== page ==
Date of Award

January 2016

Document Type

Thesis

Degree Name

Medical Doctor (MD)

Department

Medicine

First Advisor

Howard P. Forman

Abstract

Resident education is an indispensable component of physician training, yet the funding for Graduate Medical Education (GME) has become an increasingly controversial topic in the United States. GME funding is a predominantly federal subsidy awarded to academic hospitals in compensation for the cost of resident training. The poor financial transparency of GME-funded hospitals and the lack of objective outcome metrics have called into question the utility of this funding. However, eliminating federal funding for the costly resident training programs jeopardizes the future of academic medicine. Here, we investigated impact of GME funding on three tenants of hospital operations and performance: hospital financial standing, patient outcomes evaluation and resident academic performance. We created the first publically-available ranking model specific to healthcare intuitions, the Yale Model, and validated it using a series of statistical methods and through comparison with existing proprietary models. Using the Yale Model, we showed that GME funding is negatively correlated with hospital financial standing, contradicting the criticism that hospitals become wealthy because of this subsidy. We found no impact of GME funding on patient outcomes, but showed a significant effect on resident performance on board exams. These mixed results call for increased transparency in the way that GME funds are used by hospitals and the implementation of outcomes-based allocation as a stimulus for accountable use. We believe that GME is a non-dispensable subsidy, but its use and distribution should be congruent with the aforementioned reforms.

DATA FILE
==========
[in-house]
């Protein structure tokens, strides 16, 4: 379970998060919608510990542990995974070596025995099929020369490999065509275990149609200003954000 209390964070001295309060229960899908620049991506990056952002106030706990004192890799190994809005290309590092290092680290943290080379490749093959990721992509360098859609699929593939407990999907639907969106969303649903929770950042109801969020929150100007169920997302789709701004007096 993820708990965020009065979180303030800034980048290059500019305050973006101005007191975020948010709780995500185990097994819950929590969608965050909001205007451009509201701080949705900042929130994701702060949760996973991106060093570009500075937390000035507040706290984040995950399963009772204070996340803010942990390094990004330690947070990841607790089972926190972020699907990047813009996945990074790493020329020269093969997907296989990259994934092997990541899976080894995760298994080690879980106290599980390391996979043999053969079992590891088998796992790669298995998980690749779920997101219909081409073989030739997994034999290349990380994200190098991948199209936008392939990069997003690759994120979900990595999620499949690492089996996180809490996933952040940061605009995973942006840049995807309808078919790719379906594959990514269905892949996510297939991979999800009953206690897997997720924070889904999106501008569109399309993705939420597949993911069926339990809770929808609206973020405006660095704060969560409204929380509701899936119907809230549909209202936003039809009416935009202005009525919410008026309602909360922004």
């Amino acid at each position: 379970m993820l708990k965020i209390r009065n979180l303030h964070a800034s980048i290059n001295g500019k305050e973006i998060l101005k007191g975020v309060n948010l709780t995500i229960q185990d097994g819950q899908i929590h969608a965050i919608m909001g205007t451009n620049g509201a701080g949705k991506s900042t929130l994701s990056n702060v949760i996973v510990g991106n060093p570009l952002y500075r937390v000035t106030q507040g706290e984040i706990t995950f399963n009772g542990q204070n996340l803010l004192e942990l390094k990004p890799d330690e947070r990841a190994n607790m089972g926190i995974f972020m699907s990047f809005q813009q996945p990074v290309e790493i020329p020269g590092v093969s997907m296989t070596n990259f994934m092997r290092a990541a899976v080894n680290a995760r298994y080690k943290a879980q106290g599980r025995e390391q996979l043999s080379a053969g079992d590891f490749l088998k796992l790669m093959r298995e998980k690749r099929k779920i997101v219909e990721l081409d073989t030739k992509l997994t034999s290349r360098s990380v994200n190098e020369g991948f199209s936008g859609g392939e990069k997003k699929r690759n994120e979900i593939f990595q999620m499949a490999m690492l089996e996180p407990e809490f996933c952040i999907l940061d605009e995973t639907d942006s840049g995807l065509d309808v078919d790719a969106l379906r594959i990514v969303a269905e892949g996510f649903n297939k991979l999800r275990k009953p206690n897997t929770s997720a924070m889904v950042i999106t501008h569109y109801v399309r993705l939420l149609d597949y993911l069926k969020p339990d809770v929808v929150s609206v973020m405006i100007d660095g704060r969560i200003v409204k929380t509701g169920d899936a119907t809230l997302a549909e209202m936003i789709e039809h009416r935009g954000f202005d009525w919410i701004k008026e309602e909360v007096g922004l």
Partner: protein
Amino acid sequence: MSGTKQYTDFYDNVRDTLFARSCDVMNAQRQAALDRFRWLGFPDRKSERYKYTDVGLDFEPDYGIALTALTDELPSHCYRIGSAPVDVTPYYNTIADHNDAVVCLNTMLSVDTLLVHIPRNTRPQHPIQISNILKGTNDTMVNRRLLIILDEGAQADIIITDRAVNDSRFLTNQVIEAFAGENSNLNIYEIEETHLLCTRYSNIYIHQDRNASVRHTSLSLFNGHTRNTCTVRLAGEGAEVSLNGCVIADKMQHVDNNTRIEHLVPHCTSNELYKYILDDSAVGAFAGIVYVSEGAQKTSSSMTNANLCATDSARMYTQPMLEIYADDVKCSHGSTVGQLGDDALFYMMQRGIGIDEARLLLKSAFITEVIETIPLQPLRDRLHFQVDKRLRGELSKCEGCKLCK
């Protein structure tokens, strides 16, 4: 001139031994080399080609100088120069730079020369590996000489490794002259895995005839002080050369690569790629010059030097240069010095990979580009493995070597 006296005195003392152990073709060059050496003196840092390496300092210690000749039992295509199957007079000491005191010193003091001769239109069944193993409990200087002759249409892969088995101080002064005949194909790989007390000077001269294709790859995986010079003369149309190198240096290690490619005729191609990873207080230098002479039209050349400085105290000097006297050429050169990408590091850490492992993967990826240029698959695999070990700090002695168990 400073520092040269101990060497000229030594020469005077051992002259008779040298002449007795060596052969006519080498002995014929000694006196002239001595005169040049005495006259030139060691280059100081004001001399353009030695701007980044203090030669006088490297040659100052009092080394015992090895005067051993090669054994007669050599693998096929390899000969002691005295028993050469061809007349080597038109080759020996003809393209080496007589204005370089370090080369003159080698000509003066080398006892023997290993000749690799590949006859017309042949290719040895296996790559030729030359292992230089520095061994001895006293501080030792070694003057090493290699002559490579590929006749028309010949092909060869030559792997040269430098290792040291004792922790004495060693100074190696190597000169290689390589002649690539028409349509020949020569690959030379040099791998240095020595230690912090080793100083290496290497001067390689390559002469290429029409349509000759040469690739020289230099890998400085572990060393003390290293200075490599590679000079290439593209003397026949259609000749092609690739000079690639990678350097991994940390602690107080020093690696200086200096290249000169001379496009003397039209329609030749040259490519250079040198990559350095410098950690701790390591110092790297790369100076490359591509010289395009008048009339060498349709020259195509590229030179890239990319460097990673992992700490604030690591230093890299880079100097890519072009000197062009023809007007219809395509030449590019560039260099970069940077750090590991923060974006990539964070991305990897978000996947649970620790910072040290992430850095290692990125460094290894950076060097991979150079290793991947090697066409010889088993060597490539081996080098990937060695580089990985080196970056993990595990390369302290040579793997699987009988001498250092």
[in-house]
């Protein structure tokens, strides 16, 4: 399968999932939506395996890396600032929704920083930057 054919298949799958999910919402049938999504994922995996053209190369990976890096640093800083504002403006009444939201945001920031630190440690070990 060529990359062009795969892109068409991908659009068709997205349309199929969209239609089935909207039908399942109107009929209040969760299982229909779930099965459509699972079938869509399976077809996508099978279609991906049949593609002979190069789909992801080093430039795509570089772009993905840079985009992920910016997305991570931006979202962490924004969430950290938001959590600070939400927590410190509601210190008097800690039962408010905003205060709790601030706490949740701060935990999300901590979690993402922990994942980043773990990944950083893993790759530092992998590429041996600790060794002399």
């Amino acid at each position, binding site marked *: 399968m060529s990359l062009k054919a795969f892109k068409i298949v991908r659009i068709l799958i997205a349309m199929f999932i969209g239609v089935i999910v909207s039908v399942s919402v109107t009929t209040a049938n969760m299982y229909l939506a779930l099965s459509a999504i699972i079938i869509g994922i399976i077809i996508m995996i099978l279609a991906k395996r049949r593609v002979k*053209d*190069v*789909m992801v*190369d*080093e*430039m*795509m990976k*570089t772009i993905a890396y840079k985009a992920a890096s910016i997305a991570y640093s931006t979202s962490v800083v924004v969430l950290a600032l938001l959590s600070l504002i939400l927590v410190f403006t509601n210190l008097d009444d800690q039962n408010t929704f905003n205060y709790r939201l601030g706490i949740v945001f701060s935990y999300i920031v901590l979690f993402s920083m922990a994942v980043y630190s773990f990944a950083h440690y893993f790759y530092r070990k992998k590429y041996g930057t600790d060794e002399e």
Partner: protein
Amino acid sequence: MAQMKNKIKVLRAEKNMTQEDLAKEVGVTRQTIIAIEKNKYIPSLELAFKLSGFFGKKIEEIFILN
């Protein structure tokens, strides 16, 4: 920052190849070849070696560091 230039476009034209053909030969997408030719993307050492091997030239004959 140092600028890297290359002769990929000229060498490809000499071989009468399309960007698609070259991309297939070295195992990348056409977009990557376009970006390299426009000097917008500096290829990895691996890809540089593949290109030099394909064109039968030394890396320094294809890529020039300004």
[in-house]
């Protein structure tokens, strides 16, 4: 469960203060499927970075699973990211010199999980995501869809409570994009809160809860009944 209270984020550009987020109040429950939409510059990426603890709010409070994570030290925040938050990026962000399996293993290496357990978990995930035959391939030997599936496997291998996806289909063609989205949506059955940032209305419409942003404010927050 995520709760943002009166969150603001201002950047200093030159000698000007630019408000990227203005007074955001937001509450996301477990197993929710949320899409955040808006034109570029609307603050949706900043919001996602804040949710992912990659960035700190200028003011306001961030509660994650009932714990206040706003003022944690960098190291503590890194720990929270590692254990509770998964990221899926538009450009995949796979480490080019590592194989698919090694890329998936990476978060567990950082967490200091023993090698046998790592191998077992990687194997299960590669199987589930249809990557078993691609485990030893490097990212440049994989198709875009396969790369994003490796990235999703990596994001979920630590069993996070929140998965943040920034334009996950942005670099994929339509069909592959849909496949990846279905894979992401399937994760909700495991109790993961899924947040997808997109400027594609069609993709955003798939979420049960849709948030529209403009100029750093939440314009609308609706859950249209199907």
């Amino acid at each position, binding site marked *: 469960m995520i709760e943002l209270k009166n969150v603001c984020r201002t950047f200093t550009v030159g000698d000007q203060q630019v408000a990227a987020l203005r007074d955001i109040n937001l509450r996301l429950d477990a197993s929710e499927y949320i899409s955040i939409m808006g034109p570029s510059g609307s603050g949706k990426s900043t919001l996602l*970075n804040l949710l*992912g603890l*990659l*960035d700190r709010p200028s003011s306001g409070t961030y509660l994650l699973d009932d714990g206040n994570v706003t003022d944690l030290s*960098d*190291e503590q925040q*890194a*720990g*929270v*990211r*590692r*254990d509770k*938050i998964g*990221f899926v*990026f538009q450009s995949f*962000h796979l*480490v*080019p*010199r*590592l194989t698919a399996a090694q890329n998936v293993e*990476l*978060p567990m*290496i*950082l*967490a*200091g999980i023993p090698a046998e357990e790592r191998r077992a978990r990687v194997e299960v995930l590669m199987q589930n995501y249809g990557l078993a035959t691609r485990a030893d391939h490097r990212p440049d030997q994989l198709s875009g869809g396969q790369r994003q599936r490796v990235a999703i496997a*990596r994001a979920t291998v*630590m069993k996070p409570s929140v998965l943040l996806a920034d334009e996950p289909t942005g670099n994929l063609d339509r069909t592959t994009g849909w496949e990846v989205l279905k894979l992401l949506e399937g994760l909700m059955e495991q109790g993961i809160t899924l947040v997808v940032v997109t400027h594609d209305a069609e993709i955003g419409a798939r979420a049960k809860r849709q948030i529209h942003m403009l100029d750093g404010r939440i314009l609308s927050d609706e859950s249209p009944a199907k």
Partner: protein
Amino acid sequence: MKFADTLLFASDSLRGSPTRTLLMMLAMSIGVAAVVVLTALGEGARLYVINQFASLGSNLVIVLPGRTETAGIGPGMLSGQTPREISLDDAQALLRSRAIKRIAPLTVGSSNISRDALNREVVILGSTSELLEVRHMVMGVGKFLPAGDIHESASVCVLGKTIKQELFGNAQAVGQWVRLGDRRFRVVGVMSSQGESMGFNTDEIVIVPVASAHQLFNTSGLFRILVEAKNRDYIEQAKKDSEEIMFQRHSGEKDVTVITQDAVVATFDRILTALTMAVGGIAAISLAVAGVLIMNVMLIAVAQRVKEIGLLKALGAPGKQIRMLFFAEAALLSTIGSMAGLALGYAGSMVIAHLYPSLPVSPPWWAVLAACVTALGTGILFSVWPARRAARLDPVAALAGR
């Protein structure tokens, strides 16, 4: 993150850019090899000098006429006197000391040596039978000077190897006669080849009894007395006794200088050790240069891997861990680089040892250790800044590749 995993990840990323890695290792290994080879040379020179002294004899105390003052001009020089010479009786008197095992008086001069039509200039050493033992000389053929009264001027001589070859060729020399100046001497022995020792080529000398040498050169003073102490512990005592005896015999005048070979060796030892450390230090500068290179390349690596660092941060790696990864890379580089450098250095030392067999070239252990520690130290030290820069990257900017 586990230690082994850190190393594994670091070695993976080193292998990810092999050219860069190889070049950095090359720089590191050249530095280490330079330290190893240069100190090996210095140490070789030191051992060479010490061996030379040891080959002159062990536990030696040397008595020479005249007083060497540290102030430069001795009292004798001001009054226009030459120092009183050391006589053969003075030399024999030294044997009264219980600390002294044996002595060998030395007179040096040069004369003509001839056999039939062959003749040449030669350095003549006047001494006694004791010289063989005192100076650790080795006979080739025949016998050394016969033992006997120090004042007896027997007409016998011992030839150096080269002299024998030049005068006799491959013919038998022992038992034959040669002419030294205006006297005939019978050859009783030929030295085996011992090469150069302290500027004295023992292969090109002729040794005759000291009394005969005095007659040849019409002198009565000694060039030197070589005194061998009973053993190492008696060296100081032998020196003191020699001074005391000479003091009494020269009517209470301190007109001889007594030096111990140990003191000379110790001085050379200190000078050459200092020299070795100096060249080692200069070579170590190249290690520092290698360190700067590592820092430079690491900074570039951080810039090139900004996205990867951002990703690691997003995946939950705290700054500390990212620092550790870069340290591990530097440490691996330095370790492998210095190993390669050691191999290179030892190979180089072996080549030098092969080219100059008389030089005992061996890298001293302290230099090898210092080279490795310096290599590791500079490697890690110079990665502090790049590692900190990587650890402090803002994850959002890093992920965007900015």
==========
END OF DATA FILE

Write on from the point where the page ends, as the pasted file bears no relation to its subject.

Comments

This thesis is restricted to Yale network users only. It will be made publicly available on 08/24/2017

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